Migratory Bird Treaty Act (MBTA)
It’s good to know that while so much of our nation had been stalled, conservation efforts are still moving in progressive direction. The Migratory Bird Treaty Act has been under attack by the Department of Interior, based on a legal opinion by Daniel Jorjani, the Interior’s top lawyer, which tried to say that the MBTA did not prohibit “incidental take”, which means the unintentional, but forseeable and avoidable injury or killing of birds.
This would have meant that the BP Oil spill, which killed more than 1 million birds, would not be a crime.
Guided by that interpretation, the FWS has opted not to investigate cases of incidental take, and even counseled companies andlocal governments that they need not take steps to protect birds. U.S. District Judge Valerie Caproni added this thought to her ruling: “It is not only a sin to kill a mockingbird, it is also a crime. That has been the letter of the law for the past century. But if the Department of the Interior has its way, many mockingbirds and other migratory birds that delight people and support ecosystems throughout the country will be killed without legal consequence.”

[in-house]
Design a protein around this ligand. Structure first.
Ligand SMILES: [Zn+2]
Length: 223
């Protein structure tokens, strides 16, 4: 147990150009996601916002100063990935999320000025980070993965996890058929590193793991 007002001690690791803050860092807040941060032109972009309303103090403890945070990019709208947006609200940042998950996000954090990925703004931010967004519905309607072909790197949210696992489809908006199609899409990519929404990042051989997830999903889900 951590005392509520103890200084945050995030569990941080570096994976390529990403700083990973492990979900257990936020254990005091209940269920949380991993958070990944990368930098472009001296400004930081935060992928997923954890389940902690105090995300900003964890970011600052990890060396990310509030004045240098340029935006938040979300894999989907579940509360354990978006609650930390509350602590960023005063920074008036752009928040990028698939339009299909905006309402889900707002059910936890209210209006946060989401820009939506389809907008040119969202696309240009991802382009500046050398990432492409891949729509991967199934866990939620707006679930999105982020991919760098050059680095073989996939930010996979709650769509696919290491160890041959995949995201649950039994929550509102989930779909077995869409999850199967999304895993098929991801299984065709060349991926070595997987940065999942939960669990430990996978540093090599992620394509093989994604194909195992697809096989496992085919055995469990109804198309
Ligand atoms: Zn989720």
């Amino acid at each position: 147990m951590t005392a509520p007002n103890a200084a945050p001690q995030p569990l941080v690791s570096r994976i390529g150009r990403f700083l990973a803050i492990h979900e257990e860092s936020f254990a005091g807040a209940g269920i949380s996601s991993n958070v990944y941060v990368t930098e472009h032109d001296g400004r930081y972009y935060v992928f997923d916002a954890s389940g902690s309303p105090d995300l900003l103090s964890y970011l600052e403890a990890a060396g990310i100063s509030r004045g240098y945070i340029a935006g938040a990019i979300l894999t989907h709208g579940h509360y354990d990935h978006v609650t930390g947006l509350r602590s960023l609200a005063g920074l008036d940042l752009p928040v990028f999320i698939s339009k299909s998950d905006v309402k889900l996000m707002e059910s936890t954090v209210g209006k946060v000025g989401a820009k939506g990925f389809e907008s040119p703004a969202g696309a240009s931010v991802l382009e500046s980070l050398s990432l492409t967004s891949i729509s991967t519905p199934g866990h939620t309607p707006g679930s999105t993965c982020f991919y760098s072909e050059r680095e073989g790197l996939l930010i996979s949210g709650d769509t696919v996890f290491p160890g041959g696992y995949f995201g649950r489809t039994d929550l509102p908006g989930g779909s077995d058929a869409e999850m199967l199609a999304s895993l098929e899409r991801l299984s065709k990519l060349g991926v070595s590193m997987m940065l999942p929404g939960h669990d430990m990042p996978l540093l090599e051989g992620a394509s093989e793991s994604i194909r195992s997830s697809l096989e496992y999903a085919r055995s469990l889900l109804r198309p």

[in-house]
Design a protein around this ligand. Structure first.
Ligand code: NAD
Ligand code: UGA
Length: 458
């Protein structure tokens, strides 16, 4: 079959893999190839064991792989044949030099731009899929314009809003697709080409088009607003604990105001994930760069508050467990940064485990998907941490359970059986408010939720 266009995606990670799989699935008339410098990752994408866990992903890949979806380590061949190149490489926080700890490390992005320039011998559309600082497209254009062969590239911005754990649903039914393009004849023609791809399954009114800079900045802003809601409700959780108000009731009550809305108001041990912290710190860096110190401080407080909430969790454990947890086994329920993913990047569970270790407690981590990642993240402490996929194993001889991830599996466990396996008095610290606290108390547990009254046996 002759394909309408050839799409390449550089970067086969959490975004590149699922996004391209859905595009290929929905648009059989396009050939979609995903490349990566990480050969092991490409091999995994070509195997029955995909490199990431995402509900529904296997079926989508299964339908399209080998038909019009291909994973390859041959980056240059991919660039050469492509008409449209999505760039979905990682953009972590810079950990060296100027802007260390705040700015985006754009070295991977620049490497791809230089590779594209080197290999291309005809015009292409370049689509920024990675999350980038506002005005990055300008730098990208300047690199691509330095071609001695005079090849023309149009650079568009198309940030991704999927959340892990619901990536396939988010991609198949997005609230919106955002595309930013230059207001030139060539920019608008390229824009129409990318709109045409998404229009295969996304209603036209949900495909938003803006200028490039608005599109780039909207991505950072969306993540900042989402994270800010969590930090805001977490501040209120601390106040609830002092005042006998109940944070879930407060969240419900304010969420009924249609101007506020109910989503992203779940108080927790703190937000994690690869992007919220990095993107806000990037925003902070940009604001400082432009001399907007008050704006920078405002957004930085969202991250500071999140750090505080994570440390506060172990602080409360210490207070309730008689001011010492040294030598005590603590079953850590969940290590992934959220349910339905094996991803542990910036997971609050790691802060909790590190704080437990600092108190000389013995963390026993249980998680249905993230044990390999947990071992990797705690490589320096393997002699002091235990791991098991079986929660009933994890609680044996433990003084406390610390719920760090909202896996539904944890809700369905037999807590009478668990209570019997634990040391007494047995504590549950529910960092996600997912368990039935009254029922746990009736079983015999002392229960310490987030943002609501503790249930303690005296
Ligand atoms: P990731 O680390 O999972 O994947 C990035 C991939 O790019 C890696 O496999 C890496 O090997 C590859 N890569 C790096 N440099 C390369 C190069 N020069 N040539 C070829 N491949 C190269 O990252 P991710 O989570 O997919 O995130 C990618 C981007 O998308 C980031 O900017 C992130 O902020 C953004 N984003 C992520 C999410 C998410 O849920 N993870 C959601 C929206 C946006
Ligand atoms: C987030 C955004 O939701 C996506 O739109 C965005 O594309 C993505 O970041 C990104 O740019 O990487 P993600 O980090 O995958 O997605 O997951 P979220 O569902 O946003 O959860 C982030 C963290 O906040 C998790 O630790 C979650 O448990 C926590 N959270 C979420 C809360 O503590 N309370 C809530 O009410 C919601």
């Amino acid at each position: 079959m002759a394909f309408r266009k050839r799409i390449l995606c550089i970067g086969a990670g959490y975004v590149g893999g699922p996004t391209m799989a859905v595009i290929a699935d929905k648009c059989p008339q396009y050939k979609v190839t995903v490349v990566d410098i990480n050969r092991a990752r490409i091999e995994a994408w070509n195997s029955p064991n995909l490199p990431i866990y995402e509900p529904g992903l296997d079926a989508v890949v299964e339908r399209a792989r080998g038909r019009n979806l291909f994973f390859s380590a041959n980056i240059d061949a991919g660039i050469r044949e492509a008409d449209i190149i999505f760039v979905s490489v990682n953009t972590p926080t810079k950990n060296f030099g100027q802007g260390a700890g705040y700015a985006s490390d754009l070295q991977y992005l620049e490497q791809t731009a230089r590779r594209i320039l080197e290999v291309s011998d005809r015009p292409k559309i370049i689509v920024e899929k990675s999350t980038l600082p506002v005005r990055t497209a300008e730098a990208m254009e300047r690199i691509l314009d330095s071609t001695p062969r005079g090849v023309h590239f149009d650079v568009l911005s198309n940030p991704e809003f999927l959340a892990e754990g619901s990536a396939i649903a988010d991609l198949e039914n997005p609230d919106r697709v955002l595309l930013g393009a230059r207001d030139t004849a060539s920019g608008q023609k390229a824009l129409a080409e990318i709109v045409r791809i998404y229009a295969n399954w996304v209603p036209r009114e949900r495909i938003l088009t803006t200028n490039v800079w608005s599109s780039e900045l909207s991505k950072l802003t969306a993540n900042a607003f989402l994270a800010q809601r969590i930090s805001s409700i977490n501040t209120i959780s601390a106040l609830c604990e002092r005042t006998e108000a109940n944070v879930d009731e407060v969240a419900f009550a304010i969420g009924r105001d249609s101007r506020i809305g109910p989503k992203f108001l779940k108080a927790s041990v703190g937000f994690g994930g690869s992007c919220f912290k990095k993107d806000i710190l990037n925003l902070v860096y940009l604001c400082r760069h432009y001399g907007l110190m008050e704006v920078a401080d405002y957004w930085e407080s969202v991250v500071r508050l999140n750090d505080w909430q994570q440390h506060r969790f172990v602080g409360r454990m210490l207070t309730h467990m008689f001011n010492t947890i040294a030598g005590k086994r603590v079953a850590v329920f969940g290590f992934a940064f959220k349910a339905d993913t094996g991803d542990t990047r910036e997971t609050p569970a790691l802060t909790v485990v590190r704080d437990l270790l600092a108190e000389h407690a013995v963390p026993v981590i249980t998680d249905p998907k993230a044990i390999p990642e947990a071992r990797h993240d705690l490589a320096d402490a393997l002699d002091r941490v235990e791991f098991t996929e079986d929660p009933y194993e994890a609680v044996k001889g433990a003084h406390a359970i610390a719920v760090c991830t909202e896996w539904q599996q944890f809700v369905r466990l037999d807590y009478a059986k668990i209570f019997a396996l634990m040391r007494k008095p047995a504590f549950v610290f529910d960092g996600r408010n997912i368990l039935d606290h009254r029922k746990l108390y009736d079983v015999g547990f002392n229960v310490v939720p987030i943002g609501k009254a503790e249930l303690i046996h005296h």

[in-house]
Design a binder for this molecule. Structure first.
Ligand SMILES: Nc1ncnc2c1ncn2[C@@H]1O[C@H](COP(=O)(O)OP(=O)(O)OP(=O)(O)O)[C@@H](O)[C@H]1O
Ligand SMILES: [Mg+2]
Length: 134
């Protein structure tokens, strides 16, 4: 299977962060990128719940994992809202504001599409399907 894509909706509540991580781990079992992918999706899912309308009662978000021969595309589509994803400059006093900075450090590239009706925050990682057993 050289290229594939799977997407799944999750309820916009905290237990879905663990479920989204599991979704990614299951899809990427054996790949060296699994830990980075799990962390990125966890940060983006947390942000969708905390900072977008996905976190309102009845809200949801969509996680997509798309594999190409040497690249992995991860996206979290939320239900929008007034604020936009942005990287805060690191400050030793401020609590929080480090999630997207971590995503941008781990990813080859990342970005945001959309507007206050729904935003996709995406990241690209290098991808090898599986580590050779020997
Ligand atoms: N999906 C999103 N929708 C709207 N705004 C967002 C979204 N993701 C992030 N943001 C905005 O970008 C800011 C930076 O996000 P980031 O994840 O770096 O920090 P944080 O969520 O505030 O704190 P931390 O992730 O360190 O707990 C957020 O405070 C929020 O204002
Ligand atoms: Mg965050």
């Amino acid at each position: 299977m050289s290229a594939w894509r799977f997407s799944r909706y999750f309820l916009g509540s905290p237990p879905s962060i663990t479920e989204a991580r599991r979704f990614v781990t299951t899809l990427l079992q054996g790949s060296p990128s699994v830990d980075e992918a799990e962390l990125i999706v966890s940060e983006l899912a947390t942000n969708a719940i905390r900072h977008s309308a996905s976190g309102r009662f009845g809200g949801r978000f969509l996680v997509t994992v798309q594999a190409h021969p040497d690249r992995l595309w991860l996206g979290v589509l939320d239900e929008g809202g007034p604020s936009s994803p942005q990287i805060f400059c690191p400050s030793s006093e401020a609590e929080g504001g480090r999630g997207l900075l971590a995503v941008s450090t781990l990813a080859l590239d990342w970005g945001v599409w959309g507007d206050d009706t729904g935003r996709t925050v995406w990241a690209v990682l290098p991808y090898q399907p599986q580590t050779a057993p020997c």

The ruling is a major win for six environmental groups and eight states whose three consolidated complaints argued that the law clearly makes it illegal to kill, hunt, capture, or attempt to capture a bird or egg without a permit “by any means or in any manner.”
National Audubon and Great South Bay Audubon continues to work for a safer environment. What happened to BYOB? – Bring your own bag?
We had great hopes to have a fun dinner, but people’s comfort levels are really not where they need to be in order for us to meet and have a successful dinner.
Nature itself is a master conserver. The creatures in it are never given more or less than they need.